Promoting people's rights and civil liberties. It is non-party political and independent of other organisations.
Watch out! You’re ID’d, recorded…and data-banked

Watch out! You’re ID’d, recorded…and data-banked

By Peter Rogers*

Darwin Council disclosed recently that it would use Chinese-inspired technology to gather data on what people are doing on their phones.

Using the technology, the council could create virtual fences that would instantly trigger an alert if a particular mobile phone crossed a set boundary.

To see why this is a worrying development for Australian democracy, one must first play a patient game of ‘join the dots’.

Dot 1. One of Darwin’s six sister cities is Haikou, capital of the Chinese island province of Hainan. Links established through sister-city relationships are commonly understood to be a springboard to wider networks of co-operative arrangements. Such connections may provide opportunities for cultural exchange, but also for technological exchange.

Recently there have been reports on how smart city plans in Darwin draw inspiration from the Chinese social credit surveillance system.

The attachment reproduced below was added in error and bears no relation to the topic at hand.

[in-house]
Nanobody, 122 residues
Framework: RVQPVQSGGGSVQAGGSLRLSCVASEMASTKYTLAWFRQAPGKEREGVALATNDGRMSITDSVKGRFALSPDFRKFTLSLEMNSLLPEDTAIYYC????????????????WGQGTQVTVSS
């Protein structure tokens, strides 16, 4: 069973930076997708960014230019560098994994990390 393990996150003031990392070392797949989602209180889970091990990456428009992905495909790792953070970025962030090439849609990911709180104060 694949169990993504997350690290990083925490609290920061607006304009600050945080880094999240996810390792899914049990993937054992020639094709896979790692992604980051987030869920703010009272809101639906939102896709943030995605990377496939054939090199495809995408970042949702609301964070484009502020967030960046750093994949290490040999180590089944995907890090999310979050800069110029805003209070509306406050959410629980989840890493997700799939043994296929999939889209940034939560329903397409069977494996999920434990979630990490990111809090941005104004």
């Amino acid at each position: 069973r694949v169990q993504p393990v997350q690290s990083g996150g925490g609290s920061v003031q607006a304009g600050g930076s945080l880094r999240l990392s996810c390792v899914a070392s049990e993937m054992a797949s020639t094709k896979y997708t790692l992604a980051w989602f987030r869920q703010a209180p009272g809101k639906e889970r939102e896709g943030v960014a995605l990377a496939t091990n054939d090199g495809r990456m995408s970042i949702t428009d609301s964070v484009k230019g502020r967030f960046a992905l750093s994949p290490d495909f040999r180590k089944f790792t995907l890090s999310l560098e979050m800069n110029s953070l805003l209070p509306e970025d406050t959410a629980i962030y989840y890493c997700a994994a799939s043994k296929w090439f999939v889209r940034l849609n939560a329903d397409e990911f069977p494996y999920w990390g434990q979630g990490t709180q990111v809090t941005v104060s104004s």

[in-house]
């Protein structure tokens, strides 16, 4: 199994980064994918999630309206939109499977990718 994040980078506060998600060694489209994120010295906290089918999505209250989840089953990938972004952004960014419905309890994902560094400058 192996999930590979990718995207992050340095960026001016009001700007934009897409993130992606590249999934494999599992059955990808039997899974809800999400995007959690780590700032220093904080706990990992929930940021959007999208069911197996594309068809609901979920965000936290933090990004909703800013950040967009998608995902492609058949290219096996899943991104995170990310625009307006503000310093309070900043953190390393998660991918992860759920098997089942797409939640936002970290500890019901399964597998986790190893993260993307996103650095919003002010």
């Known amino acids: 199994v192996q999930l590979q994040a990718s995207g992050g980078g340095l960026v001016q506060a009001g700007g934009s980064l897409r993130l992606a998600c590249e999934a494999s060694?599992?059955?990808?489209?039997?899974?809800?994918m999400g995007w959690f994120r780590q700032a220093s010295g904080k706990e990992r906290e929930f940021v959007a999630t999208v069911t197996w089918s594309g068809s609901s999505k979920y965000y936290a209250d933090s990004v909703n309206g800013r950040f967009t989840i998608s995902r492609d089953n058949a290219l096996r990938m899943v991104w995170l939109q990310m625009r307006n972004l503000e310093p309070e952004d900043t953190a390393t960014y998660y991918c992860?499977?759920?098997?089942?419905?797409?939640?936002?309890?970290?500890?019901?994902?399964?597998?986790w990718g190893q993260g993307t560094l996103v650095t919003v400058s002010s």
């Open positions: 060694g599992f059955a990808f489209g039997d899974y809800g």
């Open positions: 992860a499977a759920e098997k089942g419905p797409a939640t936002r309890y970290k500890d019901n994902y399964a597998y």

The potential of the system for gathering data on citizens’ use of public services, such as wi-fi, has been noted. The potential to enhance council profitability through sale of user data to the private sector is significant. More so is the potential for this system to track citizen movements in real time.

Dot 2. The 2019 Northern Territory government budget earmarks A$1.4 million for expanding the local CCTV network as part of “Investing in a Safer Territory”. This figure might yet be supplemented by “proceeds of crime” funds, making the investment much larger.

That’s enough money to roll out biometric facial recognition software, which can link your face from a live CCTV image to your driver licence or passport, as well as “triggerfish” apps that can access, for example, identifying data on your smartphone remotely without your knowledge. All of these systems can be automated.